Rivers’ relationship with star players, which is certainly part of the reason Griffin was let go, isn’t exactly the best. The Celtics breakup wasn’t pretty, and the Clippers disbanded once Chris Paul left for Houston. Rivers, at least partially, caused Simmons to sit out half the season before being traded. He was probably partially responsible for James Harden wanting to leave town, although Daryl Morey takes most of the blame for that.
Supporters of Rivers will point to Harden and Joel Embiid being a dynamic pairing on the court. My counter to that would be that Lillard and Antetokounmpo have been good, at least according to the NBA’s own lineup data. The duo is a +208 in 1,049 minutes together as the Bucks’ best two-man pairing this season so far. For comparison, Harden and Embiid were +272 in 1,483 minutes together. So while the stars may have felt the fit was off, there’s no reason to think Rivers is making it significantly better than what it already was.
Championship or bust
This is really where the entire argument falls apart. The Bucks didn’t believe this group was going to win a title with Griffin at the helm. Even if we take that to be a fair sentiment to have, why do they believe a coach who hasn’t won a championship since 2008 and hasn’t been to the Finals since 2010 will deliver that? Rivers hasn’t even made a conference finals since the 2011-12 season.
In the last four postseasons he has coached in, Rivers has bowed out in the conference semifinals. He held a lead in three of those semifinal series, including a 3-1 lead with the Clippers over the Nuggets in the Orlando bubble and a 3-2 lead with the 76ers over the Celtics heading into a Game 6 at home. In all three of those series, he would oversee a losing effort in Game 7. In LA’s series with the Nuggets, the Clippers had double-digit leads in Games 5, 6 and 7. This man has blown not one, not two but THREE 3-1 series leads in his career. He’s going to win a championship now!?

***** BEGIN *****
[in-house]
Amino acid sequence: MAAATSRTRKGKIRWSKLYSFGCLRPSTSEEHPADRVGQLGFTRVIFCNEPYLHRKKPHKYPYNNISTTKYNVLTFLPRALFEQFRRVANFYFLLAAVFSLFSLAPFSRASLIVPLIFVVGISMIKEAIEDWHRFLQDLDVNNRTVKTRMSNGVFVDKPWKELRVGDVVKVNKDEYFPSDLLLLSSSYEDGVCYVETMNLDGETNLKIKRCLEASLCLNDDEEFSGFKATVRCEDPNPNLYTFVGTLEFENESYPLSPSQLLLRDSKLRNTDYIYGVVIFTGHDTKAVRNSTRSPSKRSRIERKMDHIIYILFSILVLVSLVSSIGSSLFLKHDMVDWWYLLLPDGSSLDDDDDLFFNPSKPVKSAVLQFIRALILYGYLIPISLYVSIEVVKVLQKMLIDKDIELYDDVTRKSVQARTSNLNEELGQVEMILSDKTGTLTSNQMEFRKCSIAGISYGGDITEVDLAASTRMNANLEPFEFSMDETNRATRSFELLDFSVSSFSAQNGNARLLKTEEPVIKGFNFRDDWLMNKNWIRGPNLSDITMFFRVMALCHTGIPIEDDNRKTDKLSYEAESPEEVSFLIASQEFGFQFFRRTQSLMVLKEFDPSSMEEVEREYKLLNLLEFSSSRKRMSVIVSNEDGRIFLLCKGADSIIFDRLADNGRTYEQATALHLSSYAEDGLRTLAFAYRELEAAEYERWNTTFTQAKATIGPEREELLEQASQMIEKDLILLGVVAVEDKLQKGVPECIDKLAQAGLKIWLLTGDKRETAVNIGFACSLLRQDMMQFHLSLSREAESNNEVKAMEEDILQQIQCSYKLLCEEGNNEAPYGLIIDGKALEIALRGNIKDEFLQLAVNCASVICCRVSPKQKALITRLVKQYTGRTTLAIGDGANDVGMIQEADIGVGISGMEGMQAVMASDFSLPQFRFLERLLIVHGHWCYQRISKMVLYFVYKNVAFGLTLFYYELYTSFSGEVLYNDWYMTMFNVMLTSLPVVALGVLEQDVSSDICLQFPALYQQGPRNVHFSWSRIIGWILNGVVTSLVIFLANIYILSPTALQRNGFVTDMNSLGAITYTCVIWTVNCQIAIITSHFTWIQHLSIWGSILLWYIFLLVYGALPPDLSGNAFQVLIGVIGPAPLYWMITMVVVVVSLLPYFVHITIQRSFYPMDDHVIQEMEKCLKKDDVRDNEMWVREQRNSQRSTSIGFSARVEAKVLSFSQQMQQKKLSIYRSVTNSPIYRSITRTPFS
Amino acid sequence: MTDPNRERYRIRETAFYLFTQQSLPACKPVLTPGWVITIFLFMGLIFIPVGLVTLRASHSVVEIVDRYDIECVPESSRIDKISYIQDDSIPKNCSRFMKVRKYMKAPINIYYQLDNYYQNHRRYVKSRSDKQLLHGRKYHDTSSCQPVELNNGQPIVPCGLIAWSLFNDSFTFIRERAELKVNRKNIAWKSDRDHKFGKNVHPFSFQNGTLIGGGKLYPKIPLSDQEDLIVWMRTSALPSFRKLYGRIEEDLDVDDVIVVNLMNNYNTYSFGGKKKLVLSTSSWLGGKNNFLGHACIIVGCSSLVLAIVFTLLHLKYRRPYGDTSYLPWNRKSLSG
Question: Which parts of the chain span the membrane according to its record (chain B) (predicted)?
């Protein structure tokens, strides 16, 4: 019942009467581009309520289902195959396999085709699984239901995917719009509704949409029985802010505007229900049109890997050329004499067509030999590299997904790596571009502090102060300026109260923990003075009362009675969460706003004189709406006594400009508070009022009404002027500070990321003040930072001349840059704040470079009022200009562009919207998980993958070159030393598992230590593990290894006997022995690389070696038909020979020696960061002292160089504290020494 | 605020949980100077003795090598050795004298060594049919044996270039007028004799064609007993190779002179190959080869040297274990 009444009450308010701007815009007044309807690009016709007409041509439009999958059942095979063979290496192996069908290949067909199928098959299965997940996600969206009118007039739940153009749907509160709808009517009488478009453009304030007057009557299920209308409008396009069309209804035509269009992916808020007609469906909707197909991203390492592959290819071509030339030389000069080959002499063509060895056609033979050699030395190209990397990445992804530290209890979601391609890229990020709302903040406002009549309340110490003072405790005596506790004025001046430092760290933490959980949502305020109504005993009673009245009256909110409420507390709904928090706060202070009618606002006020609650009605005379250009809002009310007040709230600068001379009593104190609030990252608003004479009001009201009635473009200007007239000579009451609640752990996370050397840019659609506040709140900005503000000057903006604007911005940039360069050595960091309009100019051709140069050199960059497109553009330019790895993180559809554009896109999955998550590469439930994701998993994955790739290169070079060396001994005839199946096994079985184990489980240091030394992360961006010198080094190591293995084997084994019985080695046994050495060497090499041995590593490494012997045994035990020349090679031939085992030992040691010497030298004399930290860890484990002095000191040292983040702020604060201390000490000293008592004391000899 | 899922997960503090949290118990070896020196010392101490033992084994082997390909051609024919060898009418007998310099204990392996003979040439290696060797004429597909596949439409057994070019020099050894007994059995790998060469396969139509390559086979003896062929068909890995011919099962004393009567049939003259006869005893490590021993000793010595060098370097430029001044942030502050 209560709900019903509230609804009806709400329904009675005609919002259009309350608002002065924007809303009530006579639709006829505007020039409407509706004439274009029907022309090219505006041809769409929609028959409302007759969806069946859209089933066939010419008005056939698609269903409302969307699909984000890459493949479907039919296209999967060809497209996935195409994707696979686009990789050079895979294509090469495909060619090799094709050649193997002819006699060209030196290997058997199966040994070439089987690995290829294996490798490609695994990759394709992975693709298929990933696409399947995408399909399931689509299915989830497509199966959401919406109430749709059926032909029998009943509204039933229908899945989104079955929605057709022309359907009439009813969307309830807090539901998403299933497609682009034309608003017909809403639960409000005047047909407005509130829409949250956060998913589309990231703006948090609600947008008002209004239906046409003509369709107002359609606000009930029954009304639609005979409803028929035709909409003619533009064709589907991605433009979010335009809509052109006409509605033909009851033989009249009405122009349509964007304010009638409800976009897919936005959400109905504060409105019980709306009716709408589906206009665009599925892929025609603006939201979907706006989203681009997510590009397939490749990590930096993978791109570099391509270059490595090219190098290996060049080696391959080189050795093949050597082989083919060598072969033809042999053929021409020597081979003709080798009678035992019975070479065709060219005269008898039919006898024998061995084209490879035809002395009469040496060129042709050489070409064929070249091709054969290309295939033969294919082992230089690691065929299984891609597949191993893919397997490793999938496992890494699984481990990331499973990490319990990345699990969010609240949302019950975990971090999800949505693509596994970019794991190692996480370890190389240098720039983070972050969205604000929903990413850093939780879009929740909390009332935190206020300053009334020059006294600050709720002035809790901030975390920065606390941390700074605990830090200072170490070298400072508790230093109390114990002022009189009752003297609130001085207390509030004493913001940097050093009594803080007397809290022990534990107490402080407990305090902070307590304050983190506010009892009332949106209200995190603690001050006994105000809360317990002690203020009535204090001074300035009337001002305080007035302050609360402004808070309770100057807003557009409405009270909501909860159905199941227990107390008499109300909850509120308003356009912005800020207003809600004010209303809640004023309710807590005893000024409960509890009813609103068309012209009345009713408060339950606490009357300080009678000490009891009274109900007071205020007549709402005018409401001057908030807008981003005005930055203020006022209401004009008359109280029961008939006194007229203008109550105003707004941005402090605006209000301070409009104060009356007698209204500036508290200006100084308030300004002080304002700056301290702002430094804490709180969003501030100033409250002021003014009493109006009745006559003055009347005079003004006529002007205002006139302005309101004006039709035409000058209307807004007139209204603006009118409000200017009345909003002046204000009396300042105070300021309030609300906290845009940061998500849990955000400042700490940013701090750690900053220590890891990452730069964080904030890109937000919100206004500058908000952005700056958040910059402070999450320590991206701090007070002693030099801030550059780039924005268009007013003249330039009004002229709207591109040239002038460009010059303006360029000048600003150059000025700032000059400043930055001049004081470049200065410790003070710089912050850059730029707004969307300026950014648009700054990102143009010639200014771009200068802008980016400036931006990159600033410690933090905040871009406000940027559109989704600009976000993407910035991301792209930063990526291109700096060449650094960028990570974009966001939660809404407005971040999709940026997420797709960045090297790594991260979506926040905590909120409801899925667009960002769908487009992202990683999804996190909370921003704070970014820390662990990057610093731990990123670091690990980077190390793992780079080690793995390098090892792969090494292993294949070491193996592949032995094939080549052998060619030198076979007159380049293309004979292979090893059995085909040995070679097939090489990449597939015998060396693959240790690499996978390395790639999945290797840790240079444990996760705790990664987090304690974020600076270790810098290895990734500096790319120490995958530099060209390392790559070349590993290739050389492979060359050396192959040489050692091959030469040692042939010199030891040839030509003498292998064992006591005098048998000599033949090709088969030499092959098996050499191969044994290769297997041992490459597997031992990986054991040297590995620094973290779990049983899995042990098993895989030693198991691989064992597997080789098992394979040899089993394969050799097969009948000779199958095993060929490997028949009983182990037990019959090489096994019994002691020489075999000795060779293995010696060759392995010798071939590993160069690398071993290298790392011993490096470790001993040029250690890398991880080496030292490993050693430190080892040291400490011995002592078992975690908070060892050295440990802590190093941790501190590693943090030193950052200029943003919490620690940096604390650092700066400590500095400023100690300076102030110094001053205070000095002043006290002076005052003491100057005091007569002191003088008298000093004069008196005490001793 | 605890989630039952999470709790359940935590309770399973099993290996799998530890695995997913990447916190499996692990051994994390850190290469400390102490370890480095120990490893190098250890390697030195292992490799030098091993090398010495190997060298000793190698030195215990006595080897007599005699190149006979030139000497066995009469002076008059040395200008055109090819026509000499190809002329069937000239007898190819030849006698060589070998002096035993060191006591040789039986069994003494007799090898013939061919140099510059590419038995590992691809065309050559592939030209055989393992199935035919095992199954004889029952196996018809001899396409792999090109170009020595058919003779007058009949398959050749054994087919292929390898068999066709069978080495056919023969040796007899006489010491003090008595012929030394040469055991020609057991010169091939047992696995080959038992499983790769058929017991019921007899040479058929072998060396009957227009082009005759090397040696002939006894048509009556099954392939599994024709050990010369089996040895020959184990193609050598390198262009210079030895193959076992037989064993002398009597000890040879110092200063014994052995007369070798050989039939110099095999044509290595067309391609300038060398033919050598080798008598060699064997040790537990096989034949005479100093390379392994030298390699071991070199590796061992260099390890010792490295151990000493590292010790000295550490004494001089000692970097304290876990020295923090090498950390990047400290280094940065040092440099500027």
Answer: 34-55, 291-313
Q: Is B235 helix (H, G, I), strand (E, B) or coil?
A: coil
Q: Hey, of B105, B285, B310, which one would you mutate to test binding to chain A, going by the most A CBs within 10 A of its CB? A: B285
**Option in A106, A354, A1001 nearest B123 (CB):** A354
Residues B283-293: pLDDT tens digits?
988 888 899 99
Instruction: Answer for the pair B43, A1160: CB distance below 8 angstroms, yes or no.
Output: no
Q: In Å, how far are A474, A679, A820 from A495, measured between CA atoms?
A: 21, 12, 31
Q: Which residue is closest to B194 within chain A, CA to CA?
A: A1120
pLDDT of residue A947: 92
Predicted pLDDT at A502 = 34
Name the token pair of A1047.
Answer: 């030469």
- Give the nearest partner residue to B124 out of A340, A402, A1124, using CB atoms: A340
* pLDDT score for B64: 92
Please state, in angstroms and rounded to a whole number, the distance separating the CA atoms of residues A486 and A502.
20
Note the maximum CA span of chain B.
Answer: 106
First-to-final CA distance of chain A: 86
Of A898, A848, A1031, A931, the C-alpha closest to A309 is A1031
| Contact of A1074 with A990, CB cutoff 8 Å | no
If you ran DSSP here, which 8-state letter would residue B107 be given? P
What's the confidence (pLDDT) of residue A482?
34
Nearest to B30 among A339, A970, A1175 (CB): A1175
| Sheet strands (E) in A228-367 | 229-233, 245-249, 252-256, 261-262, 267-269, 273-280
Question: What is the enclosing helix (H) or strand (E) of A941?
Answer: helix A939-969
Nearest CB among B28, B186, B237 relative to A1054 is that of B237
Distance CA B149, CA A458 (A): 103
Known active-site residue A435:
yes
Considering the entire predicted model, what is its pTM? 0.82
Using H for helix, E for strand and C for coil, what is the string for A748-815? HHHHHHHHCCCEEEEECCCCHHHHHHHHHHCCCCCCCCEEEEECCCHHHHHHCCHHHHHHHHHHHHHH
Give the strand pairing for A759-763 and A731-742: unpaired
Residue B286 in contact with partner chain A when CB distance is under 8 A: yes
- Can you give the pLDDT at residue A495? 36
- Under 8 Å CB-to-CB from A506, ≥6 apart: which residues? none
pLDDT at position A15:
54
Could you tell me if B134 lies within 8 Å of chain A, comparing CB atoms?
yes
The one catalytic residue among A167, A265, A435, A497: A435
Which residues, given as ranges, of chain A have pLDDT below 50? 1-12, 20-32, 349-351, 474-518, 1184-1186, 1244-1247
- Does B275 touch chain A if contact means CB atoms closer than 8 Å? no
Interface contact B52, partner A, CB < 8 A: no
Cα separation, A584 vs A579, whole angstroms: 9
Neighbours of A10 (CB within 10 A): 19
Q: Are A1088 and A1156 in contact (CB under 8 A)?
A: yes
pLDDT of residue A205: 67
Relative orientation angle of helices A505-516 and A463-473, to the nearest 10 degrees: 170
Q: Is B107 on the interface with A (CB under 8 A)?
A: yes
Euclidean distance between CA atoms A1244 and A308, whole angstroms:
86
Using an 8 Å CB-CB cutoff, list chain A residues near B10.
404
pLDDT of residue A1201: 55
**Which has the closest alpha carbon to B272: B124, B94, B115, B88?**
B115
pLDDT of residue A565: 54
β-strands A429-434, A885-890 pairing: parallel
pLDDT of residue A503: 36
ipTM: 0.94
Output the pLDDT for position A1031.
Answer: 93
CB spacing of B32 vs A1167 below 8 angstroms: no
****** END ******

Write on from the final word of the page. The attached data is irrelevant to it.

And Rivers’ failures weren’t due to lack of talent on the floor. He had Tracy McGrady and Grant Hill in Orlando. He had Paul Pierce, Garnett and Allen in Boston. He had Chris Paul and Blake Griffin with the Clippers before having Leonard and George. He had Simmons and Embiid before having Harden and league MVP Embiid, while also having emerging star Tyrese Maxey. There is perhaps no coach who has underachieved with as much talent as Rivers. People say the Green Bay Packers failed by winning just one Super Bowl with Aaron Rodgers. How about Rivers winning only one championship with that collection of star talent?
I get it; prime Phil Jackson wasn’t walking through that door. Gregg Popovich was not available (and even he has slipped a bit lately). No coach can get the job done without stars, but Rivers has shown he’s not likely to get it done even with stars. And the Bucks are trusting him in what is the most important title window of their franchise.
Milwaukee has every right to make a coaching change and every right to hire who they want to hire. They don’t have the luxury of picking from a wide pool of candidates in the middle of the season, so I can understand that constraint. But the Bucks passed on Nick Nurse in the offseason in favor of Griffin, even though Nurse had won a championship with the Raptors in 2018-19 over the superteam Warriors, albeit a depleted version of them.
I remember a line from Hall of Fame point guard Isiah Thomas in the 30 for 30 “Bad Boys”. He was talking about legendary head coach Chuck Daly and Daly asking him “do you want to win or do you want to have fun?” It feels like the Bucks were more concerned about the latter.
The Bucks are +475 at DraftKings Sportsbook to win the NBA title, which is exactly where they were before Griffin got fired. They are still behind Boston and Denver in the championship odds table, exactly where they were before Griffin got fired. And now, they have put their trust in a coach who has failed to deliver time and time again when it matters most.